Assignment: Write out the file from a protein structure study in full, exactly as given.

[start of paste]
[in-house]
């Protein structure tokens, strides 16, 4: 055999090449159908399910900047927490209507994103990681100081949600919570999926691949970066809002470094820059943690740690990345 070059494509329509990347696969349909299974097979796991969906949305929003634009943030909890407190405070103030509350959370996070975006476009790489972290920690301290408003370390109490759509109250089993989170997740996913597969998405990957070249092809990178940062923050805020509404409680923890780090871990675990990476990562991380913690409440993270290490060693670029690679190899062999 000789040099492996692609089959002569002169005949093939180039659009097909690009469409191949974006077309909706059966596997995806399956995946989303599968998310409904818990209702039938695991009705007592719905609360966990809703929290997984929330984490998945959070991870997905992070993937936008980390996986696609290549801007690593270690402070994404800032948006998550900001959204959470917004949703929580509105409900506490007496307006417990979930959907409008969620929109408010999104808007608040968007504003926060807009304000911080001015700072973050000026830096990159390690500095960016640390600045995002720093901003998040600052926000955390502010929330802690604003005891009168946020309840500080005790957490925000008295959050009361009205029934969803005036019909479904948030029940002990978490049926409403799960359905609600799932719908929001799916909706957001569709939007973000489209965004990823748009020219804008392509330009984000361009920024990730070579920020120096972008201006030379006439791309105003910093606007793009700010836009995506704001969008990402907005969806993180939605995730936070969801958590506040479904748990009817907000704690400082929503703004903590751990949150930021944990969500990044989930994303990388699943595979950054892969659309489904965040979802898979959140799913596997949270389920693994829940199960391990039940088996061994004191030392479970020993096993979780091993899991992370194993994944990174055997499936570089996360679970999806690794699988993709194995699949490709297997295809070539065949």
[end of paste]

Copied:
[in-house]
């Protein structure tokens, strides 16, 4: 055999090449159908399910900047927490209507994103990681100081949600919570999926691949970066809002470094820059943690740690990345 070059494509329509990347696969349909299974097979796991969906949305929003634009943030909890407190405070103030509350959370996070975006476009790489972290920690301290408003370390109490759509109250089993989170997740996913597969998405990957070249092809990178940062923050805020509404409680923890780090871990675990990476990562991380913690409440993270290490060693670029690679190899062999 000789040099492996692609089959002569002169005949093939180039659009097909690009469409191949974006077309909706059966596997995806399956995946989303599968998310409904818990209702039938695991009705007592719905609360966990809703929290997984929330984490998945959070991870997905992070993937936008980390996986696609290549801007690593270690402070994404800032948006998550900001959204959470917004949703929580509105409900506490007496307006417990979930959907409008969620929109408010999104808007608040968007504003926060807009304000911080001015700072973050000026830096990159390690500095960016640390600045995002720093901003998040600052926000955390502010929330802690604003005891009168946020309840500080005790957490925000008295959050009361009205029934969803005036019909479904948030029940002990978490049926409403799960359905609600799932719908929001799916909706957001569709939007973000489209965004990823748009020219804008392509330009984000361009920024990730070579920020120096972008201006030379006439791309105003910093606007793009700010836009995506704001969008990402907005969806993180939605995730936070969801958590506040479904748990009817907000704690400082929503703004903590751990949150930021944990969500990044989930994303990388699943595979950054892969659309489904965040979802898979959140799913596997949270389920693994829940199960391990039940088996061994004191030392479970020993096993979780091993899991992370194993994944990174055997499936570089996360679970999806690794699988993709194995699949490709297997295809070539065949």